Date of Award
Doctor of Philosophy (College of Health Sciences)
Schools and Centres
Professor Beth Hands
Professor Max Bulsara
Longitudinal studies are important to fully understand the processes of neurological development during gestation and how risk factors present during this time impact motor development outcomes, yet few to date have focused on this critical time period.
The purpose of this study was to identify modifiable risk factors influencing motor development during the prenatal period. Of particular interest was finding out whether these risk factors differed between the sexes.
Participants (N=2900) were from the Western Australian Pregnancy Cohort (Raine) Study. The Raine Study began in May 1989 and women were recruited between 16-20 weeks gestation (m = 18 weeks) from the main obstetric hospital in Western Australia (W.A.), King Edward Memorial Hospital. Approximately 100 participants per month were recruited, with the process completed during November 1991. The women were primarily Caucasian, from European descent (88.2%), and included mothers who identified as Aboriginal (2.4%), Chinese (4.4%), Indian (2.6%), Polynesian (0.9%) and Vietnamese (0.3%). Recruitment criteria included adequate English language skills for the understanding of the study process and a desire to reside in W.A. to facilitate future follow up. There were 2868 live births and extensive obstetric, antenatal and sociodemographic data were recorded. Maternal and child health data were collected in a series of data collection phases at ages 1, 2, 3, 5, 8, 10, 14, 17, and 21 years. Motor coordination was measured at 10 (n = 1622), 14 (n = 1584) and 17 (n = 1221) years using the McCarron Assessment of Neuromuscular Development (MAND) (McCarron, 1997). The Neuromuscular Development Index (NDI) of the MAND was used as a continuous outcome measure.
Potential risk factors for a poorer motor outcome, including maternal smoking, alcohol and drug consumption, maternal age, parental handedness, maternal health (illness and infection), delivery mode, gestational hypertensive status, stress, socioeconomic status, percentage of optimal birth weight (a measure of whether growth potential has been met), child’s sex, gestational age, parity and breastfeeding were examined. Cross sectional analyses comprising chi-square tests, t-tests and univariate ANOVA models (general linear model - GLM) with Bonferroni post hoc correction were used to identify variables that contributed to motor development outcomes. The effect of these variables on motor development were further examined using linear mixed models accounting for the unbalanced nature of longitudinal data with repeated measures. A series of studies were conducted to analyse the impact of these factors on long term motor development outcomes.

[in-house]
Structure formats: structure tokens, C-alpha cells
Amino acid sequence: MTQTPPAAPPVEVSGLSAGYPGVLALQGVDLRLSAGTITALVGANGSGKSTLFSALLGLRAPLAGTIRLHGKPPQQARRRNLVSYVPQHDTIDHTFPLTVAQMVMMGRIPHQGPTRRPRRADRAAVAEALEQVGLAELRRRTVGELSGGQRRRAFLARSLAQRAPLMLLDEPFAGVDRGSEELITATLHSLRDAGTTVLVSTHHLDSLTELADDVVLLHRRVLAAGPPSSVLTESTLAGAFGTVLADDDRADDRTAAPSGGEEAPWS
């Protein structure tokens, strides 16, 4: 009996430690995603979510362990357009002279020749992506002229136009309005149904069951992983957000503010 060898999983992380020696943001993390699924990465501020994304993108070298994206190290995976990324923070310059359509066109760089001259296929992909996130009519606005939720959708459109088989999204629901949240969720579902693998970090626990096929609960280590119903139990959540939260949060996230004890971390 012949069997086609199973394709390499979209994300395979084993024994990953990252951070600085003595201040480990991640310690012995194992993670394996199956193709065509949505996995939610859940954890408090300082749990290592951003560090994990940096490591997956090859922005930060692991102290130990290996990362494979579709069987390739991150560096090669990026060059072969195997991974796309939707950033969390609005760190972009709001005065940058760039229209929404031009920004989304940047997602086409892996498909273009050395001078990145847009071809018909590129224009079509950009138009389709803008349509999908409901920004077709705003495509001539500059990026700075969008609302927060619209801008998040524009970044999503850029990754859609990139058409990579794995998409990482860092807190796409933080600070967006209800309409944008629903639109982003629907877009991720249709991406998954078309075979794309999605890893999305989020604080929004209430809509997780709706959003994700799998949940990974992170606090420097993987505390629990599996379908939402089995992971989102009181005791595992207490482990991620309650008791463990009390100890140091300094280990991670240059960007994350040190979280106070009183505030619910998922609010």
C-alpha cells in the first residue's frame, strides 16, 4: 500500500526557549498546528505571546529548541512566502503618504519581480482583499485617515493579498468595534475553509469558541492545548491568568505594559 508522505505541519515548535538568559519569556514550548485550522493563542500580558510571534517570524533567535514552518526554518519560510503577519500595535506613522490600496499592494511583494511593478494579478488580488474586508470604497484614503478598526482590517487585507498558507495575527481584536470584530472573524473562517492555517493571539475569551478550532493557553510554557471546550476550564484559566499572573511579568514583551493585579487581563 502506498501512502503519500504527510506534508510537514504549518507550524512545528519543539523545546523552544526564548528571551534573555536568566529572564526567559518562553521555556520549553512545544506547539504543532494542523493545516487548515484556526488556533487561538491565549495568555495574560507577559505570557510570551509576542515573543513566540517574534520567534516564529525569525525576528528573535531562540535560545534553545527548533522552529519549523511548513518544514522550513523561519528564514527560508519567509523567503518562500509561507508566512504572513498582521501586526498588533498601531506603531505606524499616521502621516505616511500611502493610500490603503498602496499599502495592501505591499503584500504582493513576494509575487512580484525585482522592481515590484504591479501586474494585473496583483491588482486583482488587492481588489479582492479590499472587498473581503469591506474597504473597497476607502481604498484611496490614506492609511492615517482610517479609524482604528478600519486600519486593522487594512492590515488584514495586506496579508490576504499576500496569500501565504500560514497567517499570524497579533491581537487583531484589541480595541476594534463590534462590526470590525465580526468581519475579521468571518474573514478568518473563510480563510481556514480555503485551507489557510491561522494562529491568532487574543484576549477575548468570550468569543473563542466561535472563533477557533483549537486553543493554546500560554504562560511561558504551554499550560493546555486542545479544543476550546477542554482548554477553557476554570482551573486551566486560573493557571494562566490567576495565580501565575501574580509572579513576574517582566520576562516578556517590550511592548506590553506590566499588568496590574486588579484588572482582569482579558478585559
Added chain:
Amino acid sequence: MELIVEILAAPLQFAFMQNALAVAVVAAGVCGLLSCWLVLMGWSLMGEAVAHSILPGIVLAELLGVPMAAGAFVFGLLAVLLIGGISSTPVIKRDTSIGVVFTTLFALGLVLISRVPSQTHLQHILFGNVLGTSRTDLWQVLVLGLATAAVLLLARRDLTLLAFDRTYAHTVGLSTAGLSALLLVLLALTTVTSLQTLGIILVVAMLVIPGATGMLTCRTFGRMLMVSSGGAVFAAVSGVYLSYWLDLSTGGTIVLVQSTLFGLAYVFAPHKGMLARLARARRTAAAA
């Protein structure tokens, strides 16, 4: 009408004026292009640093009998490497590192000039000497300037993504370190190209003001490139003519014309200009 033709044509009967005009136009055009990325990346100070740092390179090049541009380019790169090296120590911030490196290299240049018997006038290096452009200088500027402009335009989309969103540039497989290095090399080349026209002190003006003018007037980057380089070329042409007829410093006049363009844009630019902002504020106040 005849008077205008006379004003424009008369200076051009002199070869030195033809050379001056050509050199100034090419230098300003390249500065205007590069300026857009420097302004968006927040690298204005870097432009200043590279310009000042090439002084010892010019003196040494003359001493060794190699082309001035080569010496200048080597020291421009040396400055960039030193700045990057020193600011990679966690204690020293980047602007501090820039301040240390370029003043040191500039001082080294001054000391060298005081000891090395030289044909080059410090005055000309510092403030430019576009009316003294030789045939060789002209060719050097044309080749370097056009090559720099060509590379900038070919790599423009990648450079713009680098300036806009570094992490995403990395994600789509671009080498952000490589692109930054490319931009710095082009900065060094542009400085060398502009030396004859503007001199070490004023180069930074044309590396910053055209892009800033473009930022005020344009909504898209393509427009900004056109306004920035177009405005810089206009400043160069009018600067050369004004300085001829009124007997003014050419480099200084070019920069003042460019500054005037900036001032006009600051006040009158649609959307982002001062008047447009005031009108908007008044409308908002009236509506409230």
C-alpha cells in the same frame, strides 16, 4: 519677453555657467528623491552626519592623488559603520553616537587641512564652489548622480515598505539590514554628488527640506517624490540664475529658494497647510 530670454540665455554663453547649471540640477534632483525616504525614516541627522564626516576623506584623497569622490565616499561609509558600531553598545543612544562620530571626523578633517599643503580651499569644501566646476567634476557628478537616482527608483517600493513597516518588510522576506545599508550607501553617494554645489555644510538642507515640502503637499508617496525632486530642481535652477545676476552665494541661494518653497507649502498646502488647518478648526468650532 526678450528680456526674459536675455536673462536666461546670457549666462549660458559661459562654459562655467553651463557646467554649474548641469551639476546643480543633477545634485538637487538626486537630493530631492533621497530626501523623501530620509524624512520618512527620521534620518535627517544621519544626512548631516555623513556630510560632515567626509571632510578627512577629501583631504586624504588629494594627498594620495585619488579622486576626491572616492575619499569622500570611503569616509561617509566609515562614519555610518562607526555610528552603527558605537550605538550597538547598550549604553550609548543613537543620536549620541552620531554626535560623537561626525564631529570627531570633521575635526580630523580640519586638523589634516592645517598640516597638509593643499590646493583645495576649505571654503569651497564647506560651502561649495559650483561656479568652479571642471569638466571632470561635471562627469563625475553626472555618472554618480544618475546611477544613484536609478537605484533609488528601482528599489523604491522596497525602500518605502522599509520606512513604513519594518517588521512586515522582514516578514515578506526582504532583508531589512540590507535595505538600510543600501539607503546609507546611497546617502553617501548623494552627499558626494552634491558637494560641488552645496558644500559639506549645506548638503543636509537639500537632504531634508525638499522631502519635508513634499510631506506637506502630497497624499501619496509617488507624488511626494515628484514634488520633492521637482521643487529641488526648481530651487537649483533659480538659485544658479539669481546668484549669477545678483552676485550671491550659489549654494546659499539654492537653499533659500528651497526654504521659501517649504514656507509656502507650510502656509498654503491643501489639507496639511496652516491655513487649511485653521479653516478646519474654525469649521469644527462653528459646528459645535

The first study found that maternal hypertensive disease, in particular preeclampsia, had negative long term effects on motor development outcomes. The second study examined the number, timing and type of stressful events mothers experienced during pregnancy. A significant relationship between number of stressful events and motor development outcomes was revealed, suggesting increased stress led to suboptimal neurological development. Stress later in pregnancy was found to have a greater effect than earlier stress. The impact of breastfeeding duration was investigated in the third study and a protective effect was found for those who were breastfed for six months or longer compared to those who were breastfed for less than six months.
When males and females were examined separately in the fourth study there were some differences in the type of factors that affected motor development outcomes. Maternal preeclampsia, mode of delivery and income affected both male and female motor outcomes. Lower percentage of optimal birth weight was related to a lower male NDI. Younger maternal age, smoking during early pregnancy and stress during later pregnancy were related to lower NDI in females.
Other factors considered in the analyses, including lower family income, male sex, maternal alcohol consumption, smoking and caesarean section delivery were also found to negatively impact motor development outcomes. This information can be utilized to help identify potentially at risk infants and ensure optimal future neurological development. Early detection and intervention strategies may help to increase motor development outcomes in those who are exposed to the identified risks.
Grace, T. (2016). Early life events and motor development: A longitudinal study (Doctor of Philosophy (College of Health Sciences)). University of Notre Dame Australia. http://researchonline.nd.edu.au/theses/127